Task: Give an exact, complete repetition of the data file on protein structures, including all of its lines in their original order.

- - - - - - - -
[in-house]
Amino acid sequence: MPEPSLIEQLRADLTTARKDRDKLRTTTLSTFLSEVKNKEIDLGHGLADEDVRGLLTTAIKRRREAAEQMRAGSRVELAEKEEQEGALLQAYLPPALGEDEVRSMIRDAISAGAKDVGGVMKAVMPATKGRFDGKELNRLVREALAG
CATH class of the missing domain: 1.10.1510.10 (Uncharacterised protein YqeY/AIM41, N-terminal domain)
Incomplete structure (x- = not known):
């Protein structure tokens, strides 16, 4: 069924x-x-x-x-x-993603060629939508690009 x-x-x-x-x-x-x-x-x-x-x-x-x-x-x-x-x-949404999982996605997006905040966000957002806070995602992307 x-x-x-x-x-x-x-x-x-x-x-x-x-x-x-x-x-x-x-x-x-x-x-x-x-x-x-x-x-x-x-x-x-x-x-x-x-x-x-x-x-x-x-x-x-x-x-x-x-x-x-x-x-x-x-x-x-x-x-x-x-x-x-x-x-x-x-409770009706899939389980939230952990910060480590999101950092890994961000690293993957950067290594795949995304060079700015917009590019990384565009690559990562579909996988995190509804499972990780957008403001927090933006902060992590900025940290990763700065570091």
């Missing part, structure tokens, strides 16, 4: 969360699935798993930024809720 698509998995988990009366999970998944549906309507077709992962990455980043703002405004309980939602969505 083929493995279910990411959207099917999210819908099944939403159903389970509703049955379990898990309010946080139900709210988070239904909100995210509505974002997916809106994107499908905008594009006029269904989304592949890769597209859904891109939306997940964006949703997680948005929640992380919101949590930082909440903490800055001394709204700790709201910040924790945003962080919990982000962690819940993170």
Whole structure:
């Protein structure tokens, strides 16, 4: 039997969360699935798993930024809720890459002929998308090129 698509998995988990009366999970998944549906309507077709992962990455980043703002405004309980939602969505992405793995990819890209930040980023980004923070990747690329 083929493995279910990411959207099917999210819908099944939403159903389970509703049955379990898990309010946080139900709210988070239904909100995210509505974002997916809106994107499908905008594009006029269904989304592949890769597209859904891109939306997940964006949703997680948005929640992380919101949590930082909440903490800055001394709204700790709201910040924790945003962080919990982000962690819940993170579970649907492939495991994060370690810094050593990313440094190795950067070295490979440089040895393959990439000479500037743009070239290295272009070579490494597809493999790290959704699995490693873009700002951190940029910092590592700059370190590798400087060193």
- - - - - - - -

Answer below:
[in-house]
Amino acid sequence: MPEPSLIEQLRADLTTARKDRDKLRTTTLSTFLSEVKNKEIDLGHGLADEDVRGLLTTAIKRRREAAEQMRAGSRVELAEKEEQEGALLQAYLPPALGEDEVRSMIRDAISAGAKDVGGVMKAVMPATKGRFDGKELNRLVREALAG
CATH class of the missing domain: 1.10.1510.10 (Uncharacterised protein YqeY/AIM41, N-terminal domain)
Incomplete structure (x- = not known):
């Protein structure tokens, strides 16, 4: 069924x-x-x-x-x-993603060629939508690009 x-x-x-x-x-x-x-x-x-x-x-x-x-x-x-x-x-949404999982996605997006905040966000957002806070995602992307 x-x-x-x-x-x-x-x-x-x-x-x-x-x-x-x-x-x-x-x-x-x-x-x-x-x-x-x-x-x-x-x-x-x-x-x-x-x-x-x-x-x-x-x-x-x-x-x-x-x-x-x-x-x-x-x-x-x-x-x-x-x-x-x-x-x-x-409770009706899939389980939230952990910060480590999101950092890994961000690293993957950067290594795949995304060079700015917009590019990384565009690559990562579909996988995190509804499972990780957008403001927090933006902060992590900025940290990763700065570091």
């Missing part, structure tokens, strides 16, 4: 969360699935798993930024809720 698509998995988990009366999970998944549906309507077709992962990455980043703002405004309980939602969505 083929493995279910990411959207099917999210819908099944939403159903389970509703049955379990898990309010946080139900709210988070239904909100995210509505974002997916809106994107499908905008594009006029269904989304592949890769597209859904891109939306997940964006949703997680948005929640992380919101949590930082909440903490800055001394709204700790709201910040924790945003962080919990982000962690819940993170």
Whole structure:
């Protein structure tokens, strides 16, 4: 039997969360699935798993930024809720890459002929998308090129 698509998995988990009366999970998944549906309507077709992962990455980043703002405004309980939602969505992405793995990819890209930040980023980004923070990747690329 083929493995279910990411959207099917999210819908099944939403159903389970509703049955379990898990309010946080139900709210988070239904909100995210509505974002997916809106994107499908905008594009006029269904989304592949890769597209859904891109939306997940964006949703997680948005929640992380919101949590930082909440903490800055001394709204700790709201910040924790945003962080919990982000962690819940993170579970649907492939495991994060370690810094050593990313440094190795950067070295490979440089040895393959990439000479500037743009070239290295272009070579490494597809493999790290959704699995490693873009700002951190940029910092590592700059370190590798400087060193």